The Asbestos Disease Awareness Organization (ADAO), an independent nonprofit dedicated to preventing asbestos exposure, today applauds Senators Jeff Merkley (D-OR), Representative Suzanne Bonamici (D-OR), Chairman Frank Pallone (D-NJ), and Representative Elissa Slotkin (D-MI) for the introduction of The Alan Reinstein Ban Asbestos Now Act of 2019 (ARBAN).
Linda Reinstein, President of the Asbestos Disease Awareness Organization (ADAO) and widow to the bills namesake said, ADAO is thankful to Sen. Merkley, Congresswoman Bonamici, Chairman Pallone, Congresswoman Slotkin and the many original cosponsors for their leadership and dedication to public health. The Alan Reinstein Ban Asbestos Now Act of 2019 (ARBAN) will take long-overdue action to stop hundreds of tons of raw asbestos imports and asbestos containing products from entering the U.S. It will protect all Americans workers, consumers, and children from being exposed to this deadly threat. Asbestos remains legal, lethal, and a far too common threat. With the passage of ARBAN, we will finally join over 60 countries who have put public health over corporate profit and banned asbestos.
Its outrageous that in the year 2019, asbestos is still allowed in the United States, said Senator Jeff Merkley. While the EPA fiddles, Americans are dying. Its time for us to catch up to the rest of the developed world, and ban this dangerous public health threat once and for all.
Asbestos causes disease and death, and we must protect families and communities from this known carcinogen, said Congresswoman Suzanne Bonamici. It is unacceptable that Oregonians and thousands of people across the U.S. continue to die from asbestos-related diseases each year. I am proud to introduce the Alan Reinstein Ban Asbestos Now Act, legislation to ban the importation, manufacture, and distribution of asbestos. I thank my colleagues, Senator Jeff Merkley and Chairman Frank Pallone, and look forward to continuing working with them to advance this lifesaving bill.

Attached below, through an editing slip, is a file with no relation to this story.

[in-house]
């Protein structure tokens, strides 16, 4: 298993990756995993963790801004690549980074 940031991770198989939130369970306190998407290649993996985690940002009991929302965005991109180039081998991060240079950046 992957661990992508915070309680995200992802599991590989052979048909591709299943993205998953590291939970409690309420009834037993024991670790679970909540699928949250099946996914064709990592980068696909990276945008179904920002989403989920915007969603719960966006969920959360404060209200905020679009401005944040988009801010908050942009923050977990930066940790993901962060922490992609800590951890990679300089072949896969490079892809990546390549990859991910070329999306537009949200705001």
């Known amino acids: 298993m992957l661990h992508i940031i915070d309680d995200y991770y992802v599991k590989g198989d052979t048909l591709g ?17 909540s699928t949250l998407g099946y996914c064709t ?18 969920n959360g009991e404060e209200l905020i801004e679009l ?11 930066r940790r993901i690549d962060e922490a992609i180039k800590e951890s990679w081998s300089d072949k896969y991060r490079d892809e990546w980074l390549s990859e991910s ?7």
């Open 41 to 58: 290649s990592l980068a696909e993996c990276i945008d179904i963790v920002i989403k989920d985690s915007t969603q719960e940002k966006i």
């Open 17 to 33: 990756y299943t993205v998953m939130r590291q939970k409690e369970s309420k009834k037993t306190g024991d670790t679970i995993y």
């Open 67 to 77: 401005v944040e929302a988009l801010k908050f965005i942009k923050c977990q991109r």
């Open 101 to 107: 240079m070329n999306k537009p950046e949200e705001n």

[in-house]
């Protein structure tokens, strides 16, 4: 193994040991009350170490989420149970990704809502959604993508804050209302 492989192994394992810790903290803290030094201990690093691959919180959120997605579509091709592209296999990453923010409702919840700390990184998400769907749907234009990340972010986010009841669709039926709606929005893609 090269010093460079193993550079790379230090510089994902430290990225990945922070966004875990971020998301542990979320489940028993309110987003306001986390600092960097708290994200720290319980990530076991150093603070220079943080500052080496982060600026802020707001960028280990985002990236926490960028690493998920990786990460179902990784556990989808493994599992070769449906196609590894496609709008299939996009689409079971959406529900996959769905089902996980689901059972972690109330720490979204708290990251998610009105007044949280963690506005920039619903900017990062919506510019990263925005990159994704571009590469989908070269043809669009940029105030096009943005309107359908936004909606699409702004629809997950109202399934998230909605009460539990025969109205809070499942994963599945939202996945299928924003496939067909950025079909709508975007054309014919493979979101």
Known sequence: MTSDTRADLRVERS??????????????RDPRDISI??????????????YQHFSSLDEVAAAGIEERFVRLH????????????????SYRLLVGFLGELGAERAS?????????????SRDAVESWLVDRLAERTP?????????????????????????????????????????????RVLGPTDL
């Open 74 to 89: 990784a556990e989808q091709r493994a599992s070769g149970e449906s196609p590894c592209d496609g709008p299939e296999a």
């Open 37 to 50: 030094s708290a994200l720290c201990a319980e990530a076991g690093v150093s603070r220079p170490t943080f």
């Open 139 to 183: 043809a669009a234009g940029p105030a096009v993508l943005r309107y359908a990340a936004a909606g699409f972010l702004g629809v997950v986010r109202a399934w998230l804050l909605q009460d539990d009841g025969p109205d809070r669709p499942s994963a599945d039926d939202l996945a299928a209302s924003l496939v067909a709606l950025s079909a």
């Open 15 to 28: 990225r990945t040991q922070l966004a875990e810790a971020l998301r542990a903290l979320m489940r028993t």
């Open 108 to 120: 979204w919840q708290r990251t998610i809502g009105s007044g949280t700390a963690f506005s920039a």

The updated Alan Reinstein Ban Asbestos Now Act will:
- Ban the importation, manufacture, processing, and distribution of all forms of asbestos and asbestos-containing mixtures and articles within 12 months, including products in which asbestos is present as an impurity;
- Establish a new Right-to-Know program to require current importers, processors and distributors to report and disclose to the public how much asbestos is in U.S. commerce, where and how it is used, and who is exposed;
- Require EPA and the Departments of Labor and Human Services to conduct a comprehensive study of risks presented by the presence of asbestos in the millions of residences, businesses, factories, public buildings and schools, where it was used in building construction decades ago; and
- Impose these requirements on the extremely hazardous Libby Amphibole, richterite, winchite, as well as the other six asbestos fibers: chrysotile, actinolite, amosite, anthophyllite, crocidolite, and tremolite.
Current research estimates that nearly 40,000 Americans die annually as a result of asbestos-caused diseases. Scientists agree that there is no safe level of exposure to asbestos. The United States is the only western industrialized nation that has not yet banned asbestos.
The largest importer of asbestos is the chemical industry, which uses it in chlor-alkali plants that make industrial chlorine and caustic soda. Reinstein added These plants have been increasing their asbestos imports, even though alternative asbestos-free processes are economically viable and widely used around the world. ARBAN will put a stop to this irresponsible practice and force these companies to follow the example of competitors who have done the right thing by eliminating asbestos from their operations.
About the Asbestos Disease Awareness Organization
The Asbestos Disease Awareness Organization (ADAO) is a global leader in combining education, advocacy, and community initiatives to prevent and end asbestos exposure. ADAO seeks to raise public awareness about the dangers of asbestos, advocate for an asbestos ban, and protect asbestos victims civil rights. ADAO, a registered 501(c)(3) nonprofit organization, does not make legal referrals. For more information, visit www.asbestosdiseaseawareness.org.